Honor’s latest phone is an interesting one. We loved the Honor 8 – in fact, it took us by complete surprise last year, offering a beautiful (and cheaper) alternative to Samsung’s Galaxy S7 flagship. Performance issues aside, it was a cracking mid-range smartphone, but this year’s Honor 9 dials it up to 11.
The caveat though, is the Honor 9’s timing is a bit off. Launching in a time saturated by these ‘flagship killers’ that is: mid-range smartphones with the same performance and good looks as their £600+ industry-leading flagships, It needs to have a killer feature, something that’ll make it stand out from, say, the excellent box-fresh OnePlus 5. Does the Honor 9 have anything eye-catching up its metaphorical sleeves?
Honor 9 review
The Honor 9 is generously well-specced. Considering you can pick one up for just £380 come launch, there’s an octa-core HiSilicon Kirin 960 chip buried inside, the same speedy chipset found in Huawei’s P10. Aside from that, there’s a choice of either 4 or 6GB of RAM, and 64GB or 128GB of storage. It’s a looker too – and looks top-dollar next to those handsets with twice the asking price.
Honor 9 review: Specs, UK price and release date
|Display||5.15in, 1,920 x 1,080 IPS|
|CPU||HiSilicon Kirin 960 (quad-core 2.4GHz / quad-core 1.8GHz)|
|Rear camera||20MP, f/2.2 monochrome wide-angle; 12MP, f/2.2 RGB telephoto (2x)|
Honor 9 review: Design and first impressions
The Honor 9 is in a class of its own – when it boils down to aesthetics that is. For the price, there’s the OnePlus 5, but the Honor 9 is a far more attractive purchase; with its curved 2.5D trim on the front, and 3D glass edging on the back. This looks like something you’ve paid twice the price for.
It’s quite iPhone 7-like in its design, borrowing its good looks from its Huawei P10 cousin, which in turn copied Apple’s trademark minimalism. There’s the dual-camera setup on the rear left-hand corner (more on that later), and those bold, rounded corners for a softer fit in the hand. If you don’t like your phone looking like every other handheld rectangle – this isn’t for you. Why not spend a little extra and go for HTC’s squeezy U11 flagship in Solar Red, instead? Shiny.
Back to the P10, the Honor 9 is – essentially – its cheaper twin. Its 5.15in display might be a touch smaller, but the Full HD resolution is identical, and its innards are indistinguishable. In fact, there’s not a jot of difference between the two. The Honor 9 has the same HiSilicon Kirin 960 chipset, 4- or 6GB or RAM, and runs the same software version (Android 7 and EMUI 5.1).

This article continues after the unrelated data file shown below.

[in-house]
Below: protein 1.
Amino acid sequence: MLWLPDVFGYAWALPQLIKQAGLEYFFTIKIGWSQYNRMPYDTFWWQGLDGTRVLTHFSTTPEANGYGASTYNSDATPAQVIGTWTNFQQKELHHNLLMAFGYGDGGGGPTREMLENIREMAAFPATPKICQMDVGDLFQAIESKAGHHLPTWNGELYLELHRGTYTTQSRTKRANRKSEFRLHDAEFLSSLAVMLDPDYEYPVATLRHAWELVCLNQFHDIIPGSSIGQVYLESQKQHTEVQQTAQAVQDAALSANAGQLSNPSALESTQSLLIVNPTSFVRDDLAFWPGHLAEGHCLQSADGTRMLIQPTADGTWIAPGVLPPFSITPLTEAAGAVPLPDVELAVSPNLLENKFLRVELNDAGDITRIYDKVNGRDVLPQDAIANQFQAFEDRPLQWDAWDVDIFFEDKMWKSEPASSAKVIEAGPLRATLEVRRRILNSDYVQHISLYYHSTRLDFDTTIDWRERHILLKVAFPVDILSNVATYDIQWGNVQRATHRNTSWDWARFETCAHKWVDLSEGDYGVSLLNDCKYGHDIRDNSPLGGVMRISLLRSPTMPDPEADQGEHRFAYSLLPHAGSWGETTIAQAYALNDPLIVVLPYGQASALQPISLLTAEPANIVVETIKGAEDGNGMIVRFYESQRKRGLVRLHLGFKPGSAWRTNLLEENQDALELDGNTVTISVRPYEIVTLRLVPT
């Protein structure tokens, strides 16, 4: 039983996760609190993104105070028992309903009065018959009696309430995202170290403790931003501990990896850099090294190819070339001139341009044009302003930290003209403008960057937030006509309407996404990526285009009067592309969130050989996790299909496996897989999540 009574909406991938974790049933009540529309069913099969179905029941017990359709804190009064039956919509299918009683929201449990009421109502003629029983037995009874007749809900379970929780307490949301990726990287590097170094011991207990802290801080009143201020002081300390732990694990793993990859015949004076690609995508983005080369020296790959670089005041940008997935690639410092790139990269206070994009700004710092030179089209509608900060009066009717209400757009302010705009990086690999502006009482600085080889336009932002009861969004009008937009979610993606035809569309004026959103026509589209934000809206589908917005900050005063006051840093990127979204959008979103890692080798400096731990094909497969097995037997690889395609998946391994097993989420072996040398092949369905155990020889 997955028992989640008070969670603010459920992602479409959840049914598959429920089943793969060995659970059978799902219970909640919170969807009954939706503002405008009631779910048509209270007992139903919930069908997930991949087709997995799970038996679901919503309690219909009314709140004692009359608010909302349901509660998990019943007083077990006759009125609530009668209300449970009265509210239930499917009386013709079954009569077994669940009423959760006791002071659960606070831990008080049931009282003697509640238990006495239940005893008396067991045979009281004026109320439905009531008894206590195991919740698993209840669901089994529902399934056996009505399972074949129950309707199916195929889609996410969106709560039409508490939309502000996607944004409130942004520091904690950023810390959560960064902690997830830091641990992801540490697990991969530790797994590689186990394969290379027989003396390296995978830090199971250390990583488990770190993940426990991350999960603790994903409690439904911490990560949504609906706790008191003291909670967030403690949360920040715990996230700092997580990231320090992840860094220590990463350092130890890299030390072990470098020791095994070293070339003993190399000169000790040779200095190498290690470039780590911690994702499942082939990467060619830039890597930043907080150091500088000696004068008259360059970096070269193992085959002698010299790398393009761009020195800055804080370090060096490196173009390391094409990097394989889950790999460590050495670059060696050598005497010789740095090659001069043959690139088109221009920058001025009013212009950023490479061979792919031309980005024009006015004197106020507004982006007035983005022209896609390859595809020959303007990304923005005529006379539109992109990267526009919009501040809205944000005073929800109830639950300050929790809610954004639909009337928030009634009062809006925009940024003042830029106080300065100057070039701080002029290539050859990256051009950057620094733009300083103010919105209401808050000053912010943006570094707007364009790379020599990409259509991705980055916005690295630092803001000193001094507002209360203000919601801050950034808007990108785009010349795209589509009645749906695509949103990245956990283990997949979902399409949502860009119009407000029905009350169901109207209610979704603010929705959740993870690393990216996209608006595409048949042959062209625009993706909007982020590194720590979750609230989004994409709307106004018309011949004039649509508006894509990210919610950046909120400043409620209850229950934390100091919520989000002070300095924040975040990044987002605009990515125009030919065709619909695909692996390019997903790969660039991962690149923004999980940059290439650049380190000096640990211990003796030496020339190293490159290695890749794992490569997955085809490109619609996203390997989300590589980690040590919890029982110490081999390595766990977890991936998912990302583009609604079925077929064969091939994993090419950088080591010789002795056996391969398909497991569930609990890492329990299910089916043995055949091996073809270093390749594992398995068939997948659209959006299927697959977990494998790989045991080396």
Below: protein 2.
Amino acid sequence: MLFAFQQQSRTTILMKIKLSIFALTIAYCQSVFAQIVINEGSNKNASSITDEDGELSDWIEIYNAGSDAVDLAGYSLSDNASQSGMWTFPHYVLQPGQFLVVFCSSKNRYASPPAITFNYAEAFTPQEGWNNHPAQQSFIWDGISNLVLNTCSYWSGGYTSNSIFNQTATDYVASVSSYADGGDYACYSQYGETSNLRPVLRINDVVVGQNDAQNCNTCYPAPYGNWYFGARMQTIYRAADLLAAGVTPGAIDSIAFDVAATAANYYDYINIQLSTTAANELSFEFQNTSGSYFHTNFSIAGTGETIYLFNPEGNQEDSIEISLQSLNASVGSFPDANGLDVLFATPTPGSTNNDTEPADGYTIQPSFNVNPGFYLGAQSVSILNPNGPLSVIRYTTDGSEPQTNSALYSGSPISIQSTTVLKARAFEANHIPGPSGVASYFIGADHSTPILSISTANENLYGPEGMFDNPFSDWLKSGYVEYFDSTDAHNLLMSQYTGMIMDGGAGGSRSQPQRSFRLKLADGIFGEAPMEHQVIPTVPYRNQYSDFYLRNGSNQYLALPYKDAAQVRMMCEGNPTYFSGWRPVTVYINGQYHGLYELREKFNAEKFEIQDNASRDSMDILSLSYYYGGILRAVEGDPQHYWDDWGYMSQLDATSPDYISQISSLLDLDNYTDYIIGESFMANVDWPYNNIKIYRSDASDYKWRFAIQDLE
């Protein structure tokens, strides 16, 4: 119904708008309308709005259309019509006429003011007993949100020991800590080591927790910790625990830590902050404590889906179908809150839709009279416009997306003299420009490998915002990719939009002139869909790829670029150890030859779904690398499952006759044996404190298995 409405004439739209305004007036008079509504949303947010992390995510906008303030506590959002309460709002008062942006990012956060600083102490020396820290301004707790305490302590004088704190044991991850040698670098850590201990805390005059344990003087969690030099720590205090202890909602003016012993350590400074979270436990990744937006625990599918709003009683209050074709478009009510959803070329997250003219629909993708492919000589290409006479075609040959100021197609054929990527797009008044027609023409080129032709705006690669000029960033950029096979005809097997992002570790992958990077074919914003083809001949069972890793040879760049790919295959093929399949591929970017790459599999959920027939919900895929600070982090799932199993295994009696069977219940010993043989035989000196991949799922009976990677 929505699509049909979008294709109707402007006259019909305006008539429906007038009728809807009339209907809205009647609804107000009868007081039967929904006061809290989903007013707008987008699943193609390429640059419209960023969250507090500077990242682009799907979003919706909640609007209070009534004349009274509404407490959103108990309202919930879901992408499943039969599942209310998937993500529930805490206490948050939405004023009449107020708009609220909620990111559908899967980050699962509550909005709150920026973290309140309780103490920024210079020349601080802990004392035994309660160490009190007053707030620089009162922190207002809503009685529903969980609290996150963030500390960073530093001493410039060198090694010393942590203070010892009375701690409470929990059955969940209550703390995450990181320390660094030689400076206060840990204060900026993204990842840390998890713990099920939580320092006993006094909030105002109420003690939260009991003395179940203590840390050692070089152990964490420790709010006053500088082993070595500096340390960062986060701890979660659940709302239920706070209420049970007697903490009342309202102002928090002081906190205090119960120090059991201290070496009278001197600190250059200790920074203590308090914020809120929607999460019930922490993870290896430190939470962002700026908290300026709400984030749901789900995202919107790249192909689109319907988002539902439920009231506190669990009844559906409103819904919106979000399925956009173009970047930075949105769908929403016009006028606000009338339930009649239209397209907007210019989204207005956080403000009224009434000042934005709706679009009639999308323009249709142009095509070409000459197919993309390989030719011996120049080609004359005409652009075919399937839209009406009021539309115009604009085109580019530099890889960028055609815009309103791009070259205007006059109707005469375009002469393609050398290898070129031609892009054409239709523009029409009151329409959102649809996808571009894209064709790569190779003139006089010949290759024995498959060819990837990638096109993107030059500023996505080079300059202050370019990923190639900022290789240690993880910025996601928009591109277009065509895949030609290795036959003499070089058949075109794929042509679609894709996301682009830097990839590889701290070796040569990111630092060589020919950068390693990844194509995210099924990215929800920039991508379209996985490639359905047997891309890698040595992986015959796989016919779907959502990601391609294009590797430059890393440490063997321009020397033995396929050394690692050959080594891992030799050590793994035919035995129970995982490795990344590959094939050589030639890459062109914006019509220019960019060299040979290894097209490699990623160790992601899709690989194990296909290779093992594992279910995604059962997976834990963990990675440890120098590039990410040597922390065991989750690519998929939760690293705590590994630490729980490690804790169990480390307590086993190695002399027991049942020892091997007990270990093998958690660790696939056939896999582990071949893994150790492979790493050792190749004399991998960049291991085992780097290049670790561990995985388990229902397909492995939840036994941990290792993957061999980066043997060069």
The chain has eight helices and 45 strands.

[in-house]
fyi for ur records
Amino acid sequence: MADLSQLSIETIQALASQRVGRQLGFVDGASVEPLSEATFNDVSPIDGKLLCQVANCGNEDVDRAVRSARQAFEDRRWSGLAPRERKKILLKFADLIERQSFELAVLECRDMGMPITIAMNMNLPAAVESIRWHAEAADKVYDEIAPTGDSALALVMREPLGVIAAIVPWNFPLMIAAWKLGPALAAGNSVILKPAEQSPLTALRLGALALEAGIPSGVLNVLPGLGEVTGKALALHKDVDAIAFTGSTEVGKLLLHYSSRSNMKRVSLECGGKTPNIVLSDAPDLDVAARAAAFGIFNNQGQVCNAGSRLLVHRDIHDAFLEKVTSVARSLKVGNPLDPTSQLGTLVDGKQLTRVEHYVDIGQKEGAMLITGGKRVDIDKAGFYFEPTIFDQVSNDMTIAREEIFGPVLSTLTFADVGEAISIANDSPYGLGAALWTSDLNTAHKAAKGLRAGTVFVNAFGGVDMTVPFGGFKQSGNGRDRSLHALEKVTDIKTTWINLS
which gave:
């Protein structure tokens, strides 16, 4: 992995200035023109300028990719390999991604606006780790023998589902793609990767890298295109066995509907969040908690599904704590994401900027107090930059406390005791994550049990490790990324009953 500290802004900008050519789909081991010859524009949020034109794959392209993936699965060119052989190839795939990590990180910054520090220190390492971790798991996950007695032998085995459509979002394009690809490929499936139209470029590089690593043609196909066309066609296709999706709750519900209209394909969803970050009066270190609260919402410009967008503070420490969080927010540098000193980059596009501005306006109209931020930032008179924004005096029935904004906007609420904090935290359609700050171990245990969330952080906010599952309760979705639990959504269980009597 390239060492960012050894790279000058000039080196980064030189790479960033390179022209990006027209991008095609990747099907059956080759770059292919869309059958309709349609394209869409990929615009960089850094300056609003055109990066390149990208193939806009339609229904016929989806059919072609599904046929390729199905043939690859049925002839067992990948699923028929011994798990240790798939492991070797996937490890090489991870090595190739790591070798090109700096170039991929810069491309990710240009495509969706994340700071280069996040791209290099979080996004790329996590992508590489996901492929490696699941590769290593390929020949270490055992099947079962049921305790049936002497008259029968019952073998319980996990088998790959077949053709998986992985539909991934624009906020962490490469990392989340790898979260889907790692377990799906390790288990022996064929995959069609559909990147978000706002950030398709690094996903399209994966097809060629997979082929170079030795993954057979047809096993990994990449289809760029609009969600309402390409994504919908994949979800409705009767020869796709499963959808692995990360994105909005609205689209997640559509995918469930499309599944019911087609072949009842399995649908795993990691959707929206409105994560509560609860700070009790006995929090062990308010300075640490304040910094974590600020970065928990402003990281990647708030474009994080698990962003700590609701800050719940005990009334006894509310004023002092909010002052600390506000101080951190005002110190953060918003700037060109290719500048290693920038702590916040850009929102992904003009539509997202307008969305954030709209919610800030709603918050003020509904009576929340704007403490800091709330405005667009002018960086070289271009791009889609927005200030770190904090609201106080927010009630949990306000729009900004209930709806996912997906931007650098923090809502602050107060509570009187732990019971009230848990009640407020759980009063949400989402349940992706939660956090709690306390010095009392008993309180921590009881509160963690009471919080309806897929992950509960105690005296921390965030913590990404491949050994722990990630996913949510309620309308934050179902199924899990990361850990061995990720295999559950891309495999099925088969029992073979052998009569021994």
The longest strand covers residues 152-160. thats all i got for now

The Honor 9 even has the same 3,200 mAh battery. I’m yet to properly put it through its paces – but I expect the Honor 9’s performance and battery life to be near-identical to its pricier P10 cousin. For an idea on what to expect, here’s how the P10 stacks up against the OnePlus 5 and Galaxy S8.
The Honor 9’s dual-camera setup on the back has been tweaked slightly from last year’s Honor 8. There’s still the 20-megapixel monochrome sensor, working in tandem with a 12-megapixel RGB sensor, but focal length has been altered – with the RGB camera providing a telephoto lens, while the monochrome camera provides a wide-angle lens.
It still works exactly the same – that is, you press the shutter button and both sensors work hand-in-hand: grabbing detail from the monochrome sensor and colour from the RGB. What you get, just like with the P10, is an image with plenty of detail compared with those bog-standard single sensor smartphones, and greater low-light performance.
Honor 9 review: Early verdict
Just last week, I called the OnePlus 5 the best mid-range smartphone ever made. It’s a phenomenal handset, yes, but perhaps I should have held off on that lofty claim for a few days. The Honor 9 looks set to swipe the crown right off the OnePlus 5’s newly-formed head.
As far as first impressions go, the Honor 9 is the complete flagship-killing package. Crucially, it’s cheap – launching for just £380 – but its innards aren’t being scrimped on, and there’s a fantastic rear camera to boot. This’ll be the phone to get come that likely July launch date. Or, I don’t know, I’ll eat my hat or something.
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